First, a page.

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Bible Dictionaries

American Tract Society Bible Dictionary

Witch and Wizard

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Our best exposition of these terms as found in the Bible is in the narrative of the witch of Endor. She was widely known as "one that had a familiar spirit" or an attendant demon, and was thereby professedly able to summon departed souls from the spirit world and converse with them. From this it appears that the essential character of witchcraft was a pretended commerce with demons and the spirits of the departed. In this respect it is identical with modern witchcraft and with spiritualism; and all the condemnation pronounced against witchcraft and with spiritualism; and all the condemnation pronounced against witchcraft in the Bible falls equally on these and every similar system of professed commerce with ghosts and demons.

To this practice the ancient witches and wizards joined the arts of fortune-telling and divining, and a professed knowledge and control of the secret powers of the elements, heavenly bodies, etc. In order to give color and concealment to their pretended commerce with spirits, they made use of drugs, fumigation's, chemical arts, incantations, and every mysterious device to awe and impose upon a superstitious people. Their unlawful arts were near akin to the others forbidden in Deuteronomy 18:10-11 : "There shall not be found among you any one that maketh his son or his daughter to pass through the fire, or that useth divination, or an observer of times, or an enchanter, or a witch, or a charmer, or a consulter with familiar spirits, or a wizard, or a necromancer." It would appear from this catalogue that all forms of superstition were as prevalent in the East in the days of Moses as they now are. Those familiar with the Syria and Arabia of our days inform us that old and young of all sects universally believe in the potency of "the evil eye," of incantations, charms, amulets, serpent-charming, and exorcism; and that these superstitions exert a prodigious influence on oriental life. Even modern mesmerism has its counterpart among the pretended magic arts of the East, practiced, like many other existing superstitions, from time immemorial.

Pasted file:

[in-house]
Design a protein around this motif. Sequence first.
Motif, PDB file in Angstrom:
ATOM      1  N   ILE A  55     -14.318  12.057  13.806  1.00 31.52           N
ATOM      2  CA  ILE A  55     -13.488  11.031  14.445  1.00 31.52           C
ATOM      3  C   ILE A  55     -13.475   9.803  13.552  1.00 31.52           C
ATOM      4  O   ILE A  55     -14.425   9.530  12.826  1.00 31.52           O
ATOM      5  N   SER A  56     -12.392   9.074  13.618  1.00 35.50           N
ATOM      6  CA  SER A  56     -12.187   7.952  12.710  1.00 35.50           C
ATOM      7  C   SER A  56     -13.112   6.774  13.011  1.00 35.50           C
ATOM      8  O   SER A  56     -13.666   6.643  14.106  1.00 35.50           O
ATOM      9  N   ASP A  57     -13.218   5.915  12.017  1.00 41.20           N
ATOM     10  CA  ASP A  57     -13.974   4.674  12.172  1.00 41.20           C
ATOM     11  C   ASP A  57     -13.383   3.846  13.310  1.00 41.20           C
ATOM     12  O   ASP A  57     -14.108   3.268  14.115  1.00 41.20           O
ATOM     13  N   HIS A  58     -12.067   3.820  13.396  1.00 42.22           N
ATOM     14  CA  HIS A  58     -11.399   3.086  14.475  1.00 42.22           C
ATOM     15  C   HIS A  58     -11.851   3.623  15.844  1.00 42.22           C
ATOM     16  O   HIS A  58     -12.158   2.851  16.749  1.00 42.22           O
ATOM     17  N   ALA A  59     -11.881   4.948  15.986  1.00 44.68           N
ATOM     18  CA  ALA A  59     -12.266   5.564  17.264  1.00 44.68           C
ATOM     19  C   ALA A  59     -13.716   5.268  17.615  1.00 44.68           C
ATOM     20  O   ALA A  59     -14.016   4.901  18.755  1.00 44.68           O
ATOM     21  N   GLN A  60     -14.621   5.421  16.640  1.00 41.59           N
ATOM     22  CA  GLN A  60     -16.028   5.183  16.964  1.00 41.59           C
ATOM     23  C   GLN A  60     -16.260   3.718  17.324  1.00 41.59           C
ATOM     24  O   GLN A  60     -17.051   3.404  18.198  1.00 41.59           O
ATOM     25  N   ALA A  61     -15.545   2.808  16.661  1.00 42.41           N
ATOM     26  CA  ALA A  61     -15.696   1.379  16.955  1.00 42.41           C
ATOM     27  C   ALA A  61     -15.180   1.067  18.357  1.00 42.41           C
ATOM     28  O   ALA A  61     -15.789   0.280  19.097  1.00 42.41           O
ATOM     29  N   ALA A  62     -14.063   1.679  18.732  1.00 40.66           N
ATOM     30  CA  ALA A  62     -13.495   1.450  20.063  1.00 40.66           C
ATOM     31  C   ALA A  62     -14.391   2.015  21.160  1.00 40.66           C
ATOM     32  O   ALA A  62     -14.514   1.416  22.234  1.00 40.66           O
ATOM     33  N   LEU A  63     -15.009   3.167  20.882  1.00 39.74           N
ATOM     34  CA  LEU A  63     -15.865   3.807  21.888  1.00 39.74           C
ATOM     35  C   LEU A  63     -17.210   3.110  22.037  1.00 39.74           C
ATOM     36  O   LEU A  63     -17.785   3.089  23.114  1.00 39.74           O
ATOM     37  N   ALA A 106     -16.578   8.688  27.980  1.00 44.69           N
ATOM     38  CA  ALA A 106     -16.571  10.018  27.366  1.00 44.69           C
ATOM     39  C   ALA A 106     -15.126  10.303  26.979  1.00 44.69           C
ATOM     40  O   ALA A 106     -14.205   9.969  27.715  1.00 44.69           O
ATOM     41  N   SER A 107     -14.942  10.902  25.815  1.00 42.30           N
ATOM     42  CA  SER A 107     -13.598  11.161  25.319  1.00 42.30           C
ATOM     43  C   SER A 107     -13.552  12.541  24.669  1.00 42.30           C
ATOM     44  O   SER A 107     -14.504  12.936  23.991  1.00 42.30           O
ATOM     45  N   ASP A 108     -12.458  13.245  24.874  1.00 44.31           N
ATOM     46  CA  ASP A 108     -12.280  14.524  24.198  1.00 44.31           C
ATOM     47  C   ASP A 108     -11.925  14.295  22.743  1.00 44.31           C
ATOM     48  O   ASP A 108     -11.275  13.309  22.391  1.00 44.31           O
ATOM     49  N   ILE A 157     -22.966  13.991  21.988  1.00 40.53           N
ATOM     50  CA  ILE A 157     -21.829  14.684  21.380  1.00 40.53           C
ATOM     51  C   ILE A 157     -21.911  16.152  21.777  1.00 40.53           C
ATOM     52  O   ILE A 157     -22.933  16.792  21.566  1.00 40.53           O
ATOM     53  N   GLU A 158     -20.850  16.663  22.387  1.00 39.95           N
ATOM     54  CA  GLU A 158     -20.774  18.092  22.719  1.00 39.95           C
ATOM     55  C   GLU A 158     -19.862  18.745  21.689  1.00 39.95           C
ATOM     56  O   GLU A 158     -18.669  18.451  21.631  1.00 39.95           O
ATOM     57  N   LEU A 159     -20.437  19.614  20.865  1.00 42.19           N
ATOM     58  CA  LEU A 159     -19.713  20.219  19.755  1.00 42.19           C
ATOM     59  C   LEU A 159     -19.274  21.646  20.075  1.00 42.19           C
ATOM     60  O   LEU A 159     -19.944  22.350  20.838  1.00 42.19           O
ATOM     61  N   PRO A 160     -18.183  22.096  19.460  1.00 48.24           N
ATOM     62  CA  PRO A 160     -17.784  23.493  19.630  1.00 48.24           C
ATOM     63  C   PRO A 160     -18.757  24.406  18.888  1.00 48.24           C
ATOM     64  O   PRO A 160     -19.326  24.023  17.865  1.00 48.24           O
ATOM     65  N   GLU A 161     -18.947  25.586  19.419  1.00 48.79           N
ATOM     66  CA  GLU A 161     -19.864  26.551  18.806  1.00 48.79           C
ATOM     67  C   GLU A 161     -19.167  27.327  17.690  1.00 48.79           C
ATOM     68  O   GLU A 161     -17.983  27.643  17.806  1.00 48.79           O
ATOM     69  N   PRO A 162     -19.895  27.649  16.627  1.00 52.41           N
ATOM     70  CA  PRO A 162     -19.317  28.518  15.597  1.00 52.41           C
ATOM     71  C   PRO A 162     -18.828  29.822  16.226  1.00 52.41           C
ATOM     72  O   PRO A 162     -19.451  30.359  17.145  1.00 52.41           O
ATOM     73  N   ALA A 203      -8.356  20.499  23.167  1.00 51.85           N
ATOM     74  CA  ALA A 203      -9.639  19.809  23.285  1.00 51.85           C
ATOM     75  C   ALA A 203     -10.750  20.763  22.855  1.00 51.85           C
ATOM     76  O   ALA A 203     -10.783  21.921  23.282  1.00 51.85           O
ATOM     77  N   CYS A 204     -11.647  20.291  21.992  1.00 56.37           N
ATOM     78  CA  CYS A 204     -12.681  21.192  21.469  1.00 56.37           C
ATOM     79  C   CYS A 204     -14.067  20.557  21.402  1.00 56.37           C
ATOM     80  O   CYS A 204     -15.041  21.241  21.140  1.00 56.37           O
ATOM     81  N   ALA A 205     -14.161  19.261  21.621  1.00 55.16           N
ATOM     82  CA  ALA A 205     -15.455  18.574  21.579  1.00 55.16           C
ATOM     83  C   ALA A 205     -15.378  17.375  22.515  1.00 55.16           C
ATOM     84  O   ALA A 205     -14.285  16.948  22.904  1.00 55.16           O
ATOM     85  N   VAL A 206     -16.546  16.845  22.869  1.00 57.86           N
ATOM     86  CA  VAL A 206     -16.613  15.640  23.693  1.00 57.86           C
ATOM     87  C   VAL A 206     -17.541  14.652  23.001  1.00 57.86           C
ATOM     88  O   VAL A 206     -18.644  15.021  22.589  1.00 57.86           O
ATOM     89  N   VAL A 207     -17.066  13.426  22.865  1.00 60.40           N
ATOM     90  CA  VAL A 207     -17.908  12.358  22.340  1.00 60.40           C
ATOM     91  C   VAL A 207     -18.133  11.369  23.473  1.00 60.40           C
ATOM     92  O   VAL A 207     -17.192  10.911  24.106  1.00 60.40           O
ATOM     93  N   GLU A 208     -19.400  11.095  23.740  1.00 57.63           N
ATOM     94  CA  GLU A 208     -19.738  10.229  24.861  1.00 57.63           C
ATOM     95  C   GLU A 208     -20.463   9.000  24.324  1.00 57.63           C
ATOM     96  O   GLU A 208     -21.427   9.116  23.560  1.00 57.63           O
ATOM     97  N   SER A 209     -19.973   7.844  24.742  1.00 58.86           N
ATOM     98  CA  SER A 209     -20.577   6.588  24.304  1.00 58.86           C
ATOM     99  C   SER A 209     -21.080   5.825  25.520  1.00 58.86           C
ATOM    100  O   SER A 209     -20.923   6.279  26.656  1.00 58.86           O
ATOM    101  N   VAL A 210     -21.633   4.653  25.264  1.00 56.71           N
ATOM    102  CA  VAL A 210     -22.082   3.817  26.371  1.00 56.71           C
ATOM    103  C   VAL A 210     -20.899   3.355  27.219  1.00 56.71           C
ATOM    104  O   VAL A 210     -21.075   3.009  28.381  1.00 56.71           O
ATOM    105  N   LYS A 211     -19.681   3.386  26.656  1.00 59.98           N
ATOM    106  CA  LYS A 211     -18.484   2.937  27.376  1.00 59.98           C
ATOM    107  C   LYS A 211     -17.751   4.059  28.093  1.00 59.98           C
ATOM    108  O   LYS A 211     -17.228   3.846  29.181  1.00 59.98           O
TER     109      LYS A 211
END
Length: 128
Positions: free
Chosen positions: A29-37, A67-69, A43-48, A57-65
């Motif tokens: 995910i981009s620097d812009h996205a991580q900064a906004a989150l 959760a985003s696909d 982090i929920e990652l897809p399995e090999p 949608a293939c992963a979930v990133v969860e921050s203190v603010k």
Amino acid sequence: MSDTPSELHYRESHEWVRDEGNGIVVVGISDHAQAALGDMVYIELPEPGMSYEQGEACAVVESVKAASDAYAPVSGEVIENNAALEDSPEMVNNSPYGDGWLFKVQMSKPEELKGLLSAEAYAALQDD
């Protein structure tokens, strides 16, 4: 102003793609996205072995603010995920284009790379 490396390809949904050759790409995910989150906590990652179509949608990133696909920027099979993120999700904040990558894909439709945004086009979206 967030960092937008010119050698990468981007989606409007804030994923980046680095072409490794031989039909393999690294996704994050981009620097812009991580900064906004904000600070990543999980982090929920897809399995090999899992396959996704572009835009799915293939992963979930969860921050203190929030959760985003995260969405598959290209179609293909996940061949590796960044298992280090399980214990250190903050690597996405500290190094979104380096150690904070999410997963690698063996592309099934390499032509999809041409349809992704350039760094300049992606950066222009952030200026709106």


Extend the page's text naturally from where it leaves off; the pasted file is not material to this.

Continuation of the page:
Such follies and knaveries are all strictly forbidden in the Bible, and many of them in the Jewish dispensation were punishable with death. They are all idolatrousignoring the only true God, and seeking help from foreign sources. They are sure to prevail in proportion as men lose a calm trust in the Almighty, and an intelligent loving obedience to his will. He that fears God needs fear nothing else; while he that, like king Saul, departs from God, finds help and comfort nowhere. See ENDOR , and SORCERER .

Copyright Statement
These files are public domain and are a derivative of the topics are from American Tract Society Bible Dictionary published in 1859.

Bibliography Information
Rand, W. W. Entry for 'Witch and Wizard'. American Tract Society Bible Dictionary. 1859.

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